In this article you will learn how to install and configure fail2ban, a security tool that can help protecting your slice from brute force attacks.


Securing your slice is very important. Each slice comes with an ssh server installed by default. Since most Linux servers run the ssh service, it is not surprising that attackers try to hack ssh servers more than others.

In our slice we not only have an ssh server but we might have a web server, a mail server and an ftp server as well. Analysing all of the logs can be difficult and time consuming.

However, fail2ban makes system administrators' lives a lot easier. Fail2ban scans log files like /var/log/pwdfail or /var/log/apache/error_log and bans IP addresses that make too many failed password guesses. It updates the firewall rules to reject or drop traffic from the attacking IP addresses.

Why fail2ban

There are some other software packages that also analyze log files and ban offensive machines. However, fail2ban has the following features which make it more appealing:

  • client/server
  • multithreaded
  • autodetection of the date/time format
  • wildcard support in logpath option
  • support for a lot of services (sshd, apache, qmail, proftpd, sasl, etc)
  • support for several actions (iptables, tcp-wrapper, shorewall, mail notifications, etc)


    I am using Ubuntu 8.10, however the installation steps will be similar for other Linux distros.

    This command will install fail2ban under Ubuntu:

     sudo apt-get install fail2ban 

    Now we need to modify its configuration files. They are under the /etc/fail2ban.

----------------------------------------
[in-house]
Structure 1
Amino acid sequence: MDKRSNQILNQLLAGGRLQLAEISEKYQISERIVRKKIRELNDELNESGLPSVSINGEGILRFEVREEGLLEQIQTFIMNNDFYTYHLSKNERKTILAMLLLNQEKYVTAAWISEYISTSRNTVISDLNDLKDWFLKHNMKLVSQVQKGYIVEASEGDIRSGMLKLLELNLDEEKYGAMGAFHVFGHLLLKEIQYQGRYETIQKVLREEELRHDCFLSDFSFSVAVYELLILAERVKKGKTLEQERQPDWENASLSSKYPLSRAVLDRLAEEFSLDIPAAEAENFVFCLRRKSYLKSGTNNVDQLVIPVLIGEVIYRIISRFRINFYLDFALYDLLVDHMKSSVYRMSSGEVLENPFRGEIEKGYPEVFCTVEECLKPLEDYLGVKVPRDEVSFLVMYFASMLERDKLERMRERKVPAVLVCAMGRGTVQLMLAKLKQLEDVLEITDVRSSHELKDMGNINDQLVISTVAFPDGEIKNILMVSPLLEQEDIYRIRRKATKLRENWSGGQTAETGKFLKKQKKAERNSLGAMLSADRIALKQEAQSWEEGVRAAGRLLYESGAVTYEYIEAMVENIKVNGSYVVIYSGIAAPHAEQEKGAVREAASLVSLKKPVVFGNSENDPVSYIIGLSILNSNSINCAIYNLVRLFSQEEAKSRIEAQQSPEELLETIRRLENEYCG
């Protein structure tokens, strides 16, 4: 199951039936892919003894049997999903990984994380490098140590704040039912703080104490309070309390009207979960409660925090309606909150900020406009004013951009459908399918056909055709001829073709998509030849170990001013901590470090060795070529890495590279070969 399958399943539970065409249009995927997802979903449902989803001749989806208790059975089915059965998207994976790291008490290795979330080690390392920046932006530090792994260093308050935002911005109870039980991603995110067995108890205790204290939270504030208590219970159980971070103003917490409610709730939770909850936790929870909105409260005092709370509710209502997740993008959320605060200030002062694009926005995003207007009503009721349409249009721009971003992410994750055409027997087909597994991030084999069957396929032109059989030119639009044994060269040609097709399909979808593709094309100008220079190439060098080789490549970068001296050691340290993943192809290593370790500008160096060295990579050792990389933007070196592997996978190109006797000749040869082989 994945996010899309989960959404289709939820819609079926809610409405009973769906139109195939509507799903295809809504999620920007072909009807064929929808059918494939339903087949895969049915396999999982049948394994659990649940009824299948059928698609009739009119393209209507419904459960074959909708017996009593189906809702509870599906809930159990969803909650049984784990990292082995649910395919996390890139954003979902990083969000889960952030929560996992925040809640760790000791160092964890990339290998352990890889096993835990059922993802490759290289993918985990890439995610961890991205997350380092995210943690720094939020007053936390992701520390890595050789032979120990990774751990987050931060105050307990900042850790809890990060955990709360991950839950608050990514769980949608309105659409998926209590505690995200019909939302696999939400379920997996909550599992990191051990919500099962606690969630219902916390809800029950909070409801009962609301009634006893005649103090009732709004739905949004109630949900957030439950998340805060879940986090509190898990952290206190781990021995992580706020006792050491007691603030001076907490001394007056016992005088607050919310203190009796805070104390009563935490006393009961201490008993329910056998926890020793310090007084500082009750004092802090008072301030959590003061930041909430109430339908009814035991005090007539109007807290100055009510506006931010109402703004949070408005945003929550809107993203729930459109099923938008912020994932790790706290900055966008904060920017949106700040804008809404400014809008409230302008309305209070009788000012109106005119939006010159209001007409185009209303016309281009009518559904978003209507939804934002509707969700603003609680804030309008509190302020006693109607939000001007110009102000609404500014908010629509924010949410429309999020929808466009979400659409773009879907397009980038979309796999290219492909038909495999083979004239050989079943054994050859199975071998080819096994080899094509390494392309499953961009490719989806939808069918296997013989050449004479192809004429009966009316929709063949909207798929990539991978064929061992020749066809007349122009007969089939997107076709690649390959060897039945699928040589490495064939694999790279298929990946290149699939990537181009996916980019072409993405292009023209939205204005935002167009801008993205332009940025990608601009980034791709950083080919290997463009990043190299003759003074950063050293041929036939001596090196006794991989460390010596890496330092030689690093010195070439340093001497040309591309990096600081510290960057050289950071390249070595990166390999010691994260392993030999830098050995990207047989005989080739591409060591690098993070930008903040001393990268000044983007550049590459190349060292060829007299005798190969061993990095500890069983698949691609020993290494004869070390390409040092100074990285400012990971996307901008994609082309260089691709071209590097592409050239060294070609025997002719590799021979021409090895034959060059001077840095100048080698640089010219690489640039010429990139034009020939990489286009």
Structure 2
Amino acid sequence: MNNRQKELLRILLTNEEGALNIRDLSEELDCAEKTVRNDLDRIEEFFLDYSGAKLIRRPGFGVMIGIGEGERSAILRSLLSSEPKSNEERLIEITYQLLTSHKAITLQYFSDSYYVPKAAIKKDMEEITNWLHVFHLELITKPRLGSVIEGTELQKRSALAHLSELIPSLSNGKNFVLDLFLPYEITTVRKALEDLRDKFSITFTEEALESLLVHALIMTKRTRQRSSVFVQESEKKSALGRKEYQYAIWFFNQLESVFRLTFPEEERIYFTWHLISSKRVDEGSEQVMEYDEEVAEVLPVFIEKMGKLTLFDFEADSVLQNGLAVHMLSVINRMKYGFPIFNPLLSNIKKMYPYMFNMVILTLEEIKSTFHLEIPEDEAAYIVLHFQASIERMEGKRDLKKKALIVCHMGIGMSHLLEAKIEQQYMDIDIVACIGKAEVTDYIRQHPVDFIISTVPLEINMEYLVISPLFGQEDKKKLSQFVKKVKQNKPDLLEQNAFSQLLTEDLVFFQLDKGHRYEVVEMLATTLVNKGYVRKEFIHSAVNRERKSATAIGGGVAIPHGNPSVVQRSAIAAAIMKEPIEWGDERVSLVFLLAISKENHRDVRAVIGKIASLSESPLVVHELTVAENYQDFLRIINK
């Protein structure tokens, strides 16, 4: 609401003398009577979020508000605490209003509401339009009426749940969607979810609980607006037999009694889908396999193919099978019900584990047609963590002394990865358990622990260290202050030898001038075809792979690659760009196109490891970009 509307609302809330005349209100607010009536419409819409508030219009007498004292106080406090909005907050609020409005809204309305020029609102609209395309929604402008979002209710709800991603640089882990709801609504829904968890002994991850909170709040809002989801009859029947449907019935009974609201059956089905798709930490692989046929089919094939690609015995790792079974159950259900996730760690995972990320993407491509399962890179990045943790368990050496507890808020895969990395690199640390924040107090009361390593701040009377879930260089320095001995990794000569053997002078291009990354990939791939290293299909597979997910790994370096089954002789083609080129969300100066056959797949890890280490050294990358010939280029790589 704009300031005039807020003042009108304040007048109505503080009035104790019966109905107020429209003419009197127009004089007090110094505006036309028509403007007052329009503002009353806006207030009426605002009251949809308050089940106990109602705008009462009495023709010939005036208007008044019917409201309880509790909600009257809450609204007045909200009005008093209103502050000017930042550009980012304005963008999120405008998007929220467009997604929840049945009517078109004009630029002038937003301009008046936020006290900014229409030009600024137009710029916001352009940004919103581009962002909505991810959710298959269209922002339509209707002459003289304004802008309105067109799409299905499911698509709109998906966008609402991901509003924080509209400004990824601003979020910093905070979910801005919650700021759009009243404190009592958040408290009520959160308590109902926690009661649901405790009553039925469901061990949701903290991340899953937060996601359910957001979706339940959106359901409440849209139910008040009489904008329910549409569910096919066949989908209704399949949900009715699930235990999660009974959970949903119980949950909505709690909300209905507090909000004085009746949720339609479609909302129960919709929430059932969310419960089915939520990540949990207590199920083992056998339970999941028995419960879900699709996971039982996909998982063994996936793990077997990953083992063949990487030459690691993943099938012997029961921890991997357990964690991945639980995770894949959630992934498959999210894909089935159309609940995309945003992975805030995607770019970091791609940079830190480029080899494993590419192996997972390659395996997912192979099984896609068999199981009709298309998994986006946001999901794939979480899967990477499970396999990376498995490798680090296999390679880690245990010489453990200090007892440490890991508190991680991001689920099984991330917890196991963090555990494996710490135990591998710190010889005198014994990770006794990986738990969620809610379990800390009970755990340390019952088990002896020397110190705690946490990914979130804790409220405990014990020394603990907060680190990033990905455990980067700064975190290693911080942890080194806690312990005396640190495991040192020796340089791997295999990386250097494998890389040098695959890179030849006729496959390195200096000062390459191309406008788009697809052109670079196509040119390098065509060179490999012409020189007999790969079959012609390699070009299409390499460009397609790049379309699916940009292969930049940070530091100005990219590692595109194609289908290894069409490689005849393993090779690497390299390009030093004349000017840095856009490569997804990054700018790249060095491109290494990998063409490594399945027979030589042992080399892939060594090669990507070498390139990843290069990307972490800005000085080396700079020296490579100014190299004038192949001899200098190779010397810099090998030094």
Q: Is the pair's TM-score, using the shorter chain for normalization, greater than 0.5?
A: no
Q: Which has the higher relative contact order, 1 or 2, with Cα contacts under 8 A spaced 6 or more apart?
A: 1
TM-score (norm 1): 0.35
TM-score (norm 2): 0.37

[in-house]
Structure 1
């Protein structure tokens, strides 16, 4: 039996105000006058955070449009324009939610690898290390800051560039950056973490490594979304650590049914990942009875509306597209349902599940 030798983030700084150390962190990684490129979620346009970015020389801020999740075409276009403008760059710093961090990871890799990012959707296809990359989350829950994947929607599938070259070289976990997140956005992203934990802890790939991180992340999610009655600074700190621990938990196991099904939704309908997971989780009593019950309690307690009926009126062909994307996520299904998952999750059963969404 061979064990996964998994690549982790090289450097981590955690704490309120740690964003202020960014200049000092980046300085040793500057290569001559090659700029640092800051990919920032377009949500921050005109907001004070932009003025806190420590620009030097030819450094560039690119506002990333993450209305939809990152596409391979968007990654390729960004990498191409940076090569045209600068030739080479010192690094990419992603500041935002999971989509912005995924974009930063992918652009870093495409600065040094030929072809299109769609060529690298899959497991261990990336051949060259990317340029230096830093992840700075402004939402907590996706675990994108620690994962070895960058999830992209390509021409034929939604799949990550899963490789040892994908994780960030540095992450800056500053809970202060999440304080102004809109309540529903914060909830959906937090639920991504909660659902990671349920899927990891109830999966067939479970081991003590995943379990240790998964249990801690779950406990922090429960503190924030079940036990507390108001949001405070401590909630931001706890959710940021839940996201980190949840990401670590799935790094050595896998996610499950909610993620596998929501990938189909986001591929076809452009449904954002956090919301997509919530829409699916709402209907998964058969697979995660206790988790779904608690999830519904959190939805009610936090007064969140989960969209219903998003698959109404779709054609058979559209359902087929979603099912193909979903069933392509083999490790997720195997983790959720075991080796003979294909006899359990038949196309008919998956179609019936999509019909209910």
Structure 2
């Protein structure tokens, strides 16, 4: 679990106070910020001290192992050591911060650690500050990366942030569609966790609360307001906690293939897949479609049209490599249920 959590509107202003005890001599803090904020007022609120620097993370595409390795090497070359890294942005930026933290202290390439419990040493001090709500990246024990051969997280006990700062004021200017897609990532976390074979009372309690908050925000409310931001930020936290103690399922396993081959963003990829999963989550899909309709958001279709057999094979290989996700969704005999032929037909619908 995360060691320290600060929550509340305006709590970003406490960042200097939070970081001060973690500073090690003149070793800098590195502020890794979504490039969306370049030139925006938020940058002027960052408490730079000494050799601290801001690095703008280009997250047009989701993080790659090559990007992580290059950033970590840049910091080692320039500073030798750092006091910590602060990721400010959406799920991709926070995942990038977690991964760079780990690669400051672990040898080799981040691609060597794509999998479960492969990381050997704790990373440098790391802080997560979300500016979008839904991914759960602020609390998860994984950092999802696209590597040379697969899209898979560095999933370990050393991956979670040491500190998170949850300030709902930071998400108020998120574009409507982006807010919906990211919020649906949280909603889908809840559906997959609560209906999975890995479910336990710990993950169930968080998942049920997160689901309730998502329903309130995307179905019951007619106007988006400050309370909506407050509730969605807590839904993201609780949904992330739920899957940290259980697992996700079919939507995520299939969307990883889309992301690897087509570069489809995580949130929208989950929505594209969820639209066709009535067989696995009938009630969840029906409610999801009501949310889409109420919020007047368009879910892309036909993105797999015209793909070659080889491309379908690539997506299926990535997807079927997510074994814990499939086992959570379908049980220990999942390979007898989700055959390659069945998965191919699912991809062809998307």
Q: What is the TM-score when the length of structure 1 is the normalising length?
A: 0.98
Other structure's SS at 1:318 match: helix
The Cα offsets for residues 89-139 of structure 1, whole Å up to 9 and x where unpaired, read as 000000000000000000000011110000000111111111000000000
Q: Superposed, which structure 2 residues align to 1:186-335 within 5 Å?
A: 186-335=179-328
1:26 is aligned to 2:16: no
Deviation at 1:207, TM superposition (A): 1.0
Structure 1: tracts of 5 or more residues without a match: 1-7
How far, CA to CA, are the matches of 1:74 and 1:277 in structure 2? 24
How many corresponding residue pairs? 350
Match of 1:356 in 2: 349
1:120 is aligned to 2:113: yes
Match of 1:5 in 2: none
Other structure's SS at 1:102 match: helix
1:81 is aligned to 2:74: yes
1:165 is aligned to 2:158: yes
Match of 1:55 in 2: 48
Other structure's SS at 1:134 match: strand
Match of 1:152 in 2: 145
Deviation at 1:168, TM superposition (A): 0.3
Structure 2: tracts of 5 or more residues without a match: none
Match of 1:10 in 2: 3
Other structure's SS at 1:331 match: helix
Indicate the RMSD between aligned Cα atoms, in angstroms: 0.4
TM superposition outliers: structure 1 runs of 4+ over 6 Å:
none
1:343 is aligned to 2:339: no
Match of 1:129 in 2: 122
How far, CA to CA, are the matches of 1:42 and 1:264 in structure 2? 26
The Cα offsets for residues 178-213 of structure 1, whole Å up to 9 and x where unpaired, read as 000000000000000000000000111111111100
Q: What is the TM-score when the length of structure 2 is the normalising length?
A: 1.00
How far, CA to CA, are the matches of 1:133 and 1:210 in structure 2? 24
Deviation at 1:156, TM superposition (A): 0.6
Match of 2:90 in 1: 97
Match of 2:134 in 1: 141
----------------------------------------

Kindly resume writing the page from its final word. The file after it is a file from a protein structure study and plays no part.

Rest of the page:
Let's check jail.conf. You will see the developer's warning about not modifying this file and rather putting our changes in /etc/fail2ban/jail.local.

    So let's copy the /etc/fail2ban/jail.conf to the /etc/fail2ban/jail.local and open the jail.local with your favorite text editor

     sudo cp /etc/fail2ban/jail.conf /etc/fail2ban/jail.local 


    If you look at the jail.local you will see lots of options. Here are their explanations:


    Defines if a given section is enabled or not. Possible values are 'true' or 'false'.


    Name of the filter to be used by the jail to detect matches.

    This name corresponds to a file name in '/etc/fail2ban/filter.d'; without the '.conf' extension. For example: 'filter = sshd' refers to '/etc/fail2ban/filter.d/sshd.conf'.


    This option tells fail2ban which action to take once a filter matches.


    Path to the log file which is provided to the filter


    If you set this option to some IPs then those IPs won't be banned no matter how many times a user fails to login from them


    Number of matches to trigger a ban action on an IP. For example, if this value were set to 6 for ssh, after 6 unsuccessful attempts, fail2ban would block the offensive machine's IP.